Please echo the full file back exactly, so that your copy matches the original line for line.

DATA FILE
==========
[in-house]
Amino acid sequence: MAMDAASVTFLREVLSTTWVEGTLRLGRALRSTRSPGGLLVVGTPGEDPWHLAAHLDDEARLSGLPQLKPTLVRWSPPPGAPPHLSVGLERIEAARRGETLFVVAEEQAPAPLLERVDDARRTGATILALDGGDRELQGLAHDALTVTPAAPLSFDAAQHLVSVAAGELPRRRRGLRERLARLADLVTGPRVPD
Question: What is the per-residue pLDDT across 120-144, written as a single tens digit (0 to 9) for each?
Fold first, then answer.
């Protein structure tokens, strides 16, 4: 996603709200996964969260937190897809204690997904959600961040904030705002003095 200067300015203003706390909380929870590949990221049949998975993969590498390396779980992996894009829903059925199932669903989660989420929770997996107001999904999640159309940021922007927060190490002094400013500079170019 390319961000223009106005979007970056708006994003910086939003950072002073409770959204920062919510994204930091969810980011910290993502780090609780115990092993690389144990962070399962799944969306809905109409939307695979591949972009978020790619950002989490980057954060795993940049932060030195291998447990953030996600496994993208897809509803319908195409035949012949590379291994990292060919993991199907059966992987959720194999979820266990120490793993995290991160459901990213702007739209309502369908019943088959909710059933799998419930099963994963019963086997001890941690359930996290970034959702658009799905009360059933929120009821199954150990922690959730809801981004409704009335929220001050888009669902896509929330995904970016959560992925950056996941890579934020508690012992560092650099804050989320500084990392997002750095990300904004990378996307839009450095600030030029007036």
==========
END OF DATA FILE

[in-house]
Amino acid sequence: MAMDAASVTFLREVLSTTWVEGTLRLGRALRSTRSPGGLLVVGTPGEDPWHLAAHLDDEARLSGLPQLKPTLVRWSPPPGAPPHLSVGLERIEAARRGETLFVVAEEQAPAPLLERVDDARRTGATILALDGGDRELQGLAHDALTVTPAAPLSFDAAQHLVSVAAGELPRRRRGLRERLARLADLVTGPRVPD
Question: What is the per-residue pLDDT across 120-144, written as a single tens digit (0 to 9) for each?
Fold first, then answer.
């Protein structure tokens, strides 16, 4: 996603709200996964969260937190897809204690997904959600961040904030705002003095 200067300015203003706390909380929870590949990221049949998975993969590498390396779980992996894009829903059925199932669903989660989420929770997996107001999904999640159309940021922007927060190490002094400013500079170019 390319961000223009106005979007970056708006994003910086939003950072002073409770959204920062919510994204930091969810980011910290993502780090609780115990092993690389144990962070399962799944969306809905109409939307695979591949972009978020790619950002989490980057954060795993940049932060030195291998447990953030996600496994993208897809509803319908195409035949012949590379291994990292060919993991199907059966992987959720194999979820266990120490793993995290991160459901990213702007739209309502369908019943088959909710059933799998419930099963994963019963086997001890941690359930996290970034959702658009799905009360059933929120009821199954150990922690959730809801981004409704009335929220001050888009669902896509929330995904970016959560992925950056996941890579934020508690012992560092650099804050989320500084990392997002750095990300904004990378996307839009450095600030030029007036």